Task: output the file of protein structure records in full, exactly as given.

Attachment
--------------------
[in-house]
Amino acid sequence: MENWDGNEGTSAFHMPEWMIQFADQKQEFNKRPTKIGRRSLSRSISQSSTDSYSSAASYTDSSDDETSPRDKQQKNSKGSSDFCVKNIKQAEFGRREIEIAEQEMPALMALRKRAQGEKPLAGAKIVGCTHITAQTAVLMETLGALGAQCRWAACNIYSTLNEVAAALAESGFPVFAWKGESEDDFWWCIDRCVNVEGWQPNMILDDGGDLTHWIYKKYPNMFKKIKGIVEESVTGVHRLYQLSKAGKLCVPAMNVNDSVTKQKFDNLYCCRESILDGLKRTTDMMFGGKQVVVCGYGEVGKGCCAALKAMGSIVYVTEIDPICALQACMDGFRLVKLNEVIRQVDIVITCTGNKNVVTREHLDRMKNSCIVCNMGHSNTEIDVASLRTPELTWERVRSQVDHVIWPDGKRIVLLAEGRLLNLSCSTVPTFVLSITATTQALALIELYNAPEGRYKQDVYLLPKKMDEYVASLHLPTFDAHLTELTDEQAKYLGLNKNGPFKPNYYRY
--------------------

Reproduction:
[in-house]
Amino acid sequence: MENWDGNEGTSAFHMPEWMIQFADQKQEFNKRPTKIGRRSLSRSISQSSTDSYSSAASYTDSSDDETSPRDKQQKNSKGSSDFCVKNIKQAEFGRREIEIAEQEMPALMALRKRAQGEKPLAGAKIVGCTHITAQTAVLMETLGALGAQCRWAACNIYSTLNEVAAALAESGFPVFAWKGESEDDFWWCIDRCVNVEGWQPNMILDDGGDLTHWIYKKYPNMFKKIKGIVEESVTGVHRLYQLSKAGKLCVPAMNVNDSVTKQKFDNLYCCRESILDGLKRTTDMMFGGKQVVVCGYGEVGKGCCAALKAMGSIVYVTEIDPICALQACMDGFRLVKLNEVIRQVDIVITCTGNKNVVTREHLDRMKNSCIVCNMGHSNTEIDVASLRTPELTWERVRSQVDHVIWPDGKRIVLLAEGRLLNLSCSTVPTFVLSITATTQALALIELYNAPEGRYKQDVYLLPKKMDEYVASLHLPTFDAHLTELTDEQAKYLGLNKNGPFKPNYYRY